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Deciding whether to go with a certificate of deposit offered by a bank or a brokerage sounds like it might be a no-brainer. Just pick the one with the best rate, right?
Before choosing, though, you should know the risks and rewards of buying and holding either type of CD. There are some big differences that can ding returns.
- Bank CDs that you buy at your local bank branch are usually what we’d think of as traditional certificates of deposit.
- Brokered CDs are bank CDs bought by brokers and then resold. They may have stiff fees and special features that can slash returns, plus brokerage CDs may not be as competitive and risk-free as you think.
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Brokered CD pros and cons
“Brokered CDs used to pay higher rates,” says Robert Laura, president of Synergos Financial Group in Howell, Michigan. Brokerages may still provide better rates, but not always.
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Brokered CDs do offer diversification among banks in different states. That makes it easier to ladder CDs, which is investing in several CDs with staggered maturities, says Herb Hopwood, president of Hopwood Financial Services in Great Falls, Virginia.
For investors parking more than $1 million, brokered CDs that can be diversified among many banks make sense because of the Federal Deposit Insurance Corp. insurance limit, which is $250,000 per depositor per insured bank. You’ll get more FDIC protection when you spread out your risk among different bank CDs nationwide.
Here’s another benefit of brokered CDs: Hopwood says when people buy lots of different CDs, they may forget when they’re scheduled to mature. Brokered CD purchases are usually listed on a brokerage statement, notifying you when maturity dates are approaching.
Given these wrinkles, the key to buying a CD is knowing what you’re buying. Here are some questions that can get you started:
- How much are fees? Fees can diminish returns, especially during low-interest times like these. And brokerage fees can run as high as 50 basis points (0.50%) per CD, Laura says. However, banks usually don’t charge fees on their CDs.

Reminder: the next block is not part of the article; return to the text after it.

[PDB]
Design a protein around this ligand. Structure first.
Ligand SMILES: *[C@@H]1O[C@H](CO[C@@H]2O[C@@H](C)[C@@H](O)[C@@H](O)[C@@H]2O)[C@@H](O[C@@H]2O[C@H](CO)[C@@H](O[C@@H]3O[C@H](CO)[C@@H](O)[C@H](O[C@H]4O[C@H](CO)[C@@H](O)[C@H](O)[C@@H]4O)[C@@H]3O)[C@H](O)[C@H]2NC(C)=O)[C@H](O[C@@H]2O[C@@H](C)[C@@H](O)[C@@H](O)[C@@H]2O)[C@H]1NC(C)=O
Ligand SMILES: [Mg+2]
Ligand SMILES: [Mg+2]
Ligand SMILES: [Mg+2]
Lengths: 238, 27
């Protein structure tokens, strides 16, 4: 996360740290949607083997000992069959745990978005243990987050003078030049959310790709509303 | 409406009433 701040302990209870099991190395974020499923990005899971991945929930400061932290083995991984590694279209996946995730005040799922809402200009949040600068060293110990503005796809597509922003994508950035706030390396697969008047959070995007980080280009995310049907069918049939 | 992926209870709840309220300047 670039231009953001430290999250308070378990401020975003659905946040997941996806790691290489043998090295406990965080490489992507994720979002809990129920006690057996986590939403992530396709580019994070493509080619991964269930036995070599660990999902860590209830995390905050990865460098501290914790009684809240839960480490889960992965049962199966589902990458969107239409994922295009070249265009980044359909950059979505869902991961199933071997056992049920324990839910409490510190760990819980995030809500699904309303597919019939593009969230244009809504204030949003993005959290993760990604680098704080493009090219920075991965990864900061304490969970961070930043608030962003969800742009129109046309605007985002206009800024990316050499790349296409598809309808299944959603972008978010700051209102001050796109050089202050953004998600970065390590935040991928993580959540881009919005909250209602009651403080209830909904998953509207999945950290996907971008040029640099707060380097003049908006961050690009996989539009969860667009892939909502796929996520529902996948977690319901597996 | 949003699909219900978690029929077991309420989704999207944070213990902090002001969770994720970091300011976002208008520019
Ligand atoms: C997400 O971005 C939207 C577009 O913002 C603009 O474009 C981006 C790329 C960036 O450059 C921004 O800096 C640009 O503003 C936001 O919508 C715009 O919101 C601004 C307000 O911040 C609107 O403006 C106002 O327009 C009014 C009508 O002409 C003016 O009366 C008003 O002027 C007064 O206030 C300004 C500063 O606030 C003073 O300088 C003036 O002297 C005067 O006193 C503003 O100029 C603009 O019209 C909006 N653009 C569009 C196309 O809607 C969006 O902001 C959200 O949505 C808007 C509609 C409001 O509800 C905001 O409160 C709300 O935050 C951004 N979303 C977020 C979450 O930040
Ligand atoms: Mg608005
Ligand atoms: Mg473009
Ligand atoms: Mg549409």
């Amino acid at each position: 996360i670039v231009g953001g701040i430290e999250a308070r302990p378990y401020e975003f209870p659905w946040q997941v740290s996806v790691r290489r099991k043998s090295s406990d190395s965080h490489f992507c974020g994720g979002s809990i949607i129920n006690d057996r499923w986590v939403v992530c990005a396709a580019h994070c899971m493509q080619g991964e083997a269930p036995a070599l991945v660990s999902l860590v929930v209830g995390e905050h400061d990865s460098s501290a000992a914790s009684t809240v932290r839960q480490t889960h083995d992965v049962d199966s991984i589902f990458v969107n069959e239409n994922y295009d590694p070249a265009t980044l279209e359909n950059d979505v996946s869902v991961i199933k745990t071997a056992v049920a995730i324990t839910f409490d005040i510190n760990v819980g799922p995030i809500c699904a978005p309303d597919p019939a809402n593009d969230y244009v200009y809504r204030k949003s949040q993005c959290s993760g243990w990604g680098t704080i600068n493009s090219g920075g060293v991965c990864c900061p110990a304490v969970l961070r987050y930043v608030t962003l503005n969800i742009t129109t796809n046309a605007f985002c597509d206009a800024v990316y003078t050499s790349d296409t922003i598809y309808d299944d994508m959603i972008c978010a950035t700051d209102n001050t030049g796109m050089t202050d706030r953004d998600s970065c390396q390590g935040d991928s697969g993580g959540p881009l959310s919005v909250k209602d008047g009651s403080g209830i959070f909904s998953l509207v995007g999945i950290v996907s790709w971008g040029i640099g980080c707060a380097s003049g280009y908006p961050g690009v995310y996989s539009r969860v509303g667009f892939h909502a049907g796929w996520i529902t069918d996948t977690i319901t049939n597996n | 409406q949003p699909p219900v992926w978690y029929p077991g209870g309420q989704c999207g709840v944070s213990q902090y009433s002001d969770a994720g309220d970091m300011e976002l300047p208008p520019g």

- Where can you get the highest rates? If you have many accounts at one bank or a high balance of more than $100,000, you may be able to negotiate higher bank CD rates. Regional bank rates can vary dramatically from national ones.
- What’s the early withdrawal policy? Banks typically charge an early-withdrawal penalty of 90 days’ worth of interest, but brokered CDs are different, Laura says. If you want to exit your investment, you must sell your CD on the secondary market, where CDs are sold by brokers and prices are driven by investor demand. That means you could lose principal, especially when interest rates rise and CD demand slumps.
- How complex is the CD? Usually, brokered CDs are trickier and riskier than bank CDs. For example, many brokered CDs are callable, meaning that there’s a window of time — perhaps a year — when they can be yanked before they mature. That means locking in a good interest rate for a long time is harder to do, according to the SEC. But bank CDs are rarely callable. Says Laura: “That’s the main benefit.”
- Who is the issuer? Brokered CDs typically are bought in bulk from one bank and then sliced into pieces. Sometimes these CDs are lower quality, meaning they may have lower safety ratings but offer higher yields. “They’re usually offered by institutions that need to raise funds,” Hopwood says. “They’re not always the strongest.”
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When to be careful
Take R-G Premier Bank of Puerto Rico, which failed in 2010. Its CDs were sold by brokers. “Brokers say, ‘Here’s the CD,'” Laura says. “But they may not lay out the bank’s financials.”
That means it’s up to you to identify and vet the issuer, not the broker. And if that bank fails, getting your money from a broker usually takes more time than getting it from a bank would.
“The process can take 60 to 90 days with a brokered CD,” Laura says. That’s time when your money isn’t being invested and earning interest. Conversely, bank depositors get their money faster, usually 7-10 days.
Also, a broker may unknowingly put your money into a CD at a bank where you already have deposits. Then, you may unknowingly wind up with a deposit that exceeds the $250,000 FDIC limit, warns the Securities and Exchange Commission.
On the flip side, local institutions that issue bank CDs are easier to vet and to follow. “But with a CD from a bank in Utah, you may not know it failed until it’s actually closed,” Laura says.
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